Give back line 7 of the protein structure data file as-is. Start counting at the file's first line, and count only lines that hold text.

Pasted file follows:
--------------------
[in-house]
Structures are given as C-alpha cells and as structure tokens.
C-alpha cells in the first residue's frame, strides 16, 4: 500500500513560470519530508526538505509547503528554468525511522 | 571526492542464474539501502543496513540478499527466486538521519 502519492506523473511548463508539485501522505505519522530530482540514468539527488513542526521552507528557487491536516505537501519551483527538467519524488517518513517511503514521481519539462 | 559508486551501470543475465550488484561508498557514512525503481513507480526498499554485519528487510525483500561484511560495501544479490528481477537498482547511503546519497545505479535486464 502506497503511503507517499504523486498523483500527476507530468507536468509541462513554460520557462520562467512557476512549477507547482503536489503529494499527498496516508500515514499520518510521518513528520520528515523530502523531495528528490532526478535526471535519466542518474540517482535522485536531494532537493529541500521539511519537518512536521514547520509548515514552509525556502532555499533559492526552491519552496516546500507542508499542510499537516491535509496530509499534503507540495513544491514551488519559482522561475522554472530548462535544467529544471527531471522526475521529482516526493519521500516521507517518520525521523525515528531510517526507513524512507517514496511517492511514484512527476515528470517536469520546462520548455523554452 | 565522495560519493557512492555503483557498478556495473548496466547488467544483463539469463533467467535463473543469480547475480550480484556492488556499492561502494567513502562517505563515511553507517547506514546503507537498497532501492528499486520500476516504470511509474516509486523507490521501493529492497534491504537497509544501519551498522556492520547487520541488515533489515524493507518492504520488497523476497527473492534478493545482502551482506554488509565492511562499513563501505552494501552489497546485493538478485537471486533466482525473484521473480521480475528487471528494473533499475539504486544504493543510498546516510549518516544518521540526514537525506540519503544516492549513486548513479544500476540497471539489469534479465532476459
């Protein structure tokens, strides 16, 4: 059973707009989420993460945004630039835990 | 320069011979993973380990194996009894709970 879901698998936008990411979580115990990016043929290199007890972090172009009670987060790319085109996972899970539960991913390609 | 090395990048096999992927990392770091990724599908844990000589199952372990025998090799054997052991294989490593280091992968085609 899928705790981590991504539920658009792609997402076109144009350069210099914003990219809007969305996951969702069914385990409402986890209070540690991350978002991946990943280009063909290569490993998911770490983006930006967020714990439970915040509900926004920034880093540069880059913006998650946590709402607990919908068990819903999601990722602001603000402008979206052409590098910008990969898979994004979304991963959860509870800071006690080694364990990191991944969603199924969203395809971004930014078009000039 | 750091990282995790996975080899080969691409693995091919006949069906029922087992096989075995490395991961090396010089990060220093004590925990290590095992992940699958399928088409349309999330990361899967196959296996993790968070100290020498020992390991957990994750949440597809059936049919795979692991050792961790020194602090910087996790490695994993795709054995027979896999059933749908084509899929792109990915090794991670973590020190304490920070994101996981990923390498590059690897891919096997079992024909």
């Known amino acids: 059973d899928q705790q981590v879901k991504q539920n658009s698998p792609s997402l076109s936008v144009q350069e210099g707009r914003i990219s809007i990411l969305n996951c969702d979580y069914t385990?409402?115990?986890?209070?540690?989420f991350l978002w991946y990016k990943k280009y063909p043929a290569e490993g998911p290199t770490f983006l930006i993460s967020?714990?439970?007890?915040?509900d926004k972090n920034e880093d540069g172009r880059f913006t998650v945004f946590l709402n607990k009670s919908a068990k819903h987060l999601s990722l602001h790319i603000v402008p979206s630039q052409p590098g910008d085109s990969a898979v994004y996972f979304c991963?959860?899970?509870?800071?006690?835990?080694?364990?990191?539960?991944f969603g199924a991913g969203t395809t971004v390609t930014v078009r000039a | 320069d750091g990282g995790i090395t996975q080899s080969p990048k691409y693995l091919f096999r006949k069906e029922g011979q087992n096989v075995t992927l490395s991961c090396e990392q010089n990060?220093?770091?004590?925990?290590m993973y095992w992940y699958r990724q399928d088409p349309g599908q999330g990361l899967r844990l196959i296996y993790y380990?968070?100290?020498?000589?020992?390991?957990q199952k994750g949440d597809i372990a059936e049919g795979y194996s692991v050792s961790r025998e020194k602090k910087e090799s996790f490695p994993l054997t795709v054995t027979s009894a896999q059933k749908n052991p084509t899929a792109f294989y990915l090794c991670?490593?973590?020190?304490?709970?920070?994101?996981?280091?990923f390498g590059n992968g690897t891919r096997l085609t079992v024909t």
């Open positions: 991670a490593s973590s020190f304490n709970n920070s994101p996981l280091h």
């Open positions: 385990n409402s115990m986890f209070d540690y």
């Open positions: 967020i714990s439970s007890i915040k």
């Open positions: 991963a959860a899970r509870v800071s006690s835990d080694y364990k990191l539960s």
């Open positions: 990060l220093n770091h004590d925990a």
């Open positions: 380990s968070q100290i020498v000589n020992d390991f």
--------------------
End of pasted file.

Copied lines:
């Open positions: 385990n409402s115990m986890f209070d540690y």